EUROACTION is an initiative of the European Society of Cardiology which highlights its commitment to improve the quality of life of the European population by reducing the impact of cardiovascular diseases. The study protocol conforms to the ethical guidelines of the 1995 Declaration of Helsinki with ethics committee approval in all countries and for every centre. Written informed consent was obtained from every subject.
A scientific steering group approved the protocol and the design for this matched pair cluster-randomised controlled trial, and is responsible for the scientific integrity of the study. The steering group has the following membership: D Wood (London, UK, Chairman), G De Backer (Ghent, Belgium), D De Bacquer (Ghent, Belgium), M Buxton (Uxbridge, UK), I Graham (Dublin, Ireland), A Howard (Nice, France), K Kotseva (London, UK), S Logstrup (Brussels, Belgium), H McGee (Dublin, Ireland), M Mioulet (Nice, France), K Smith (Dundee, UK), D Thompson (York, UK), T Thomsen (Glostrup, Denmark), T van der Weijden (Maastricht, the Netherlands).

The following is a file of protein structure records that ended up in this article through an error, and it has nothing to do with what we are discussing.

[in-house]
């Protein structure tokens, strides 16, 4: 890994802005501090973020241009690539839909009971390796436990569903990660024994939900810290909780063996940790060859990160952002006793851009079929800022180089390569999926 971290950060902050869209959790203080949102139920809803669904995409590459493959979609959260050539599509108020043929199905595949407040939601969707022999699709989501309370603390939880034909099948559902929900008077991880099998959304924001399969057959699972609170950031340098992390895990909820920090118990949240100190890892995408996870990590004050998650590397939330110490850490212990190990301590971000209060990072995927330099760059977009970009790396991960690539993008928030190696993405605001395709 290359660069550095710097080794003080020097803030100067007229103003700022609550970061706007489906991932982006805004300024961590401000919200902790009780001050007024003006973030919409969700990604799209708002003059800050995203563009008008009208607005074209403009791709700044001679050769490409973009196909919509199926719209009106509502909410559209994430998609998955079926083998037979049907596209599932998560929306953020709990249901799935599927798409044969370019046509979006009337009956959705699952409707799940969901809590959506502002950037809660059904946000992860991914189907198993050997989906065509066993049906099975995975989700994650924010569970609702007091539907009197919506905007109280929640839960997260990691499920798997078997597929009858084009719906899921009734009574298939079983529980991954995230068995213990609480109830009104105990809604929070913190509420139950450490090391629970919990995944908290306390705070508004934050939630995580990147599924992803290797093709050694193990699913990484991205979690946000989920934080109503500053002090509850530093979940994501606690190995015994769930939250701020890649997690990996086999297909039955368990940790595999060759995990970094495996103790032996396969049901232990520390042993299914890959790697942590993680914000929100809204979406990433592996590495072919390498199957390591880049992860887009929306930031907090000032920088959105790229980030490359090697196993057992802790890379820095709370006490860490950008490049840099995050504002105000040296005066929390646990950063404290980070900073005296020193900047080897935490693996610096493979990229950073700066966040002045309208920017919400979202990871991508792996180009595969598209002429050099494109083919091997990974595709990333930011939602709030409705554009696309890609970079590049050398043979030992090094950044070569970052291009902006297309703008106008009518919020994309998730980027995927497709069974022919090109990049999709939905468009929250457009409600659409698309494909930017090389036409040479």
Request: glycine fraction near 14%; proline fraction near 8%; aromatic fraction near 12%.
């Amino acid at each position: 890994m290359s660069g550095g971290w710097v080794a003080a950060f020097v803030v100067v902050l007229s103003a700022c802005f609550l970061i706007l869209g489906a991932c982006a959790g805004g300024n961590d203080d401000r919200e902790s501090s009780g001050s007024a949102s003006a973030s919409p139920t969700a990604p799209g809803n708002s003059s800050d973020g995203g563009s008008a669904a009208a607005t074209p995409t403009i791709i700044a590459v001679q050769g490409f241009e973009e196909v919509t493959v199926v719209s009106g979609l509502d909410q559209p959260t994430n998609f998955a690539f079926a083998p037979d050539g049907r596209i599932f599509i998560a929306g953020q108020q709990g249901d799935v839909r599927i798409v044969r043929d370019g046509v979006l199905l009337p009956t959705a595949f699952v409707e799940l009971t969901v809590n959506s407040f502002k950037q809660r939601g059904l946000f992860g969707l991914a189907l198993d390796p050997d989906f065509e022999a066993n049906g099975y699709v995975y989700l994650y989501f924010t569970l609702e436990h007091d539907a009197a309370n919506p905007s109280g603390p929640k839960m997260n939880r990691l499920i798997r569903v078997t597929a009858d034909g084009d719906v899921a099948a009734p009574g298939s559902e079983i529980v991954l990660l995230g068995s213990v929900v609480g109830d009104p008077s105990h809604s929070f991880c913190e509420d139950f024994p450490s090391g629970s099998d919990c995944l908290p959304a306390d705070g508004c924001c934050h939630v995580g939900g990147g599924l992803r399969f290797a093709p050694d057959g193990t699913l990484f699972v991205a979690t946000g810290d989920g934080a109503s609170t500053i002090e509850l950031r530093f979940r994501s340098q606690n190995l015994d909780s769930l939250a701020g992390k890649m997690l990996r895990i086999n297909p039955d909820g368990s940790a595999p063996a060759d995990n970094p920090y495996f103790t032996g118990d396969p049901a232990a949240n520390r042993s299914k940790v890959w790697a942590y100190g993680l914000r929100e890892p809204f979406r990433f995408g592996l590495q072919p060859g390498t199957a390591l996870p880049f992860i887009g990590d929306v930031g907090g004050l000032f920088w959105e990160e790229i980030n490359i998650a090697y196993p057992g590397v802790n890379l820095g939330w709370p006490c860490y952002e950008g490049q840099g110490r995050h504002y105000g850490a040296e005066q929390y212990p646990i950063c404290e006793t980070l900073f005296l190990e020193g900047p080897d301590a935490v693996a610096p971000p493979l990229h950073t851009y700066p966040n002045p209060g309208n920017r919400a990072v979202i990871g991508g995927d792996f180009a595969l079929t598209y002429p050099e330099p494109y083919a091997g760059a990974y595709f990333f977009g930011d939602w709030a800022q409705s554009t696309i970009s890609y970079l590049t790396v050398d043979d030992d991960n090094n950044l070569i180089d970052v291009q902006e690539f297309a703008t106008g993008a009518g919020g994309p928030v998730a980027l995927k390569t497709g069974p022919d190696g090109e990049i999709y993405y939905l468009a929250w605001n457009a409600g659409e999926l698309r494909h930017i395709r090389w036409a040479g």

The national coordinators for each country are also members of the steering committee. They are responsible for identifying and recruiting general practices, obtaining ethics committee approval, appointing and supervising staff in the centres and contributing scientifically to the publication of results. The EUROACTION National Coordinators and Primary care leaders are as follows:
Denmark: T Thomsen, K Brockelmann; Italy: P Fioretti, A Desideri, S Brusaferro; Poland: A Pajak, K. Kawecka-Jaszcz, P Jankowski, T Grodzicki; Spain: J De Velasco, A Maiques; Netherlands: T van der Weijden; UK: D Wood, J Morrell.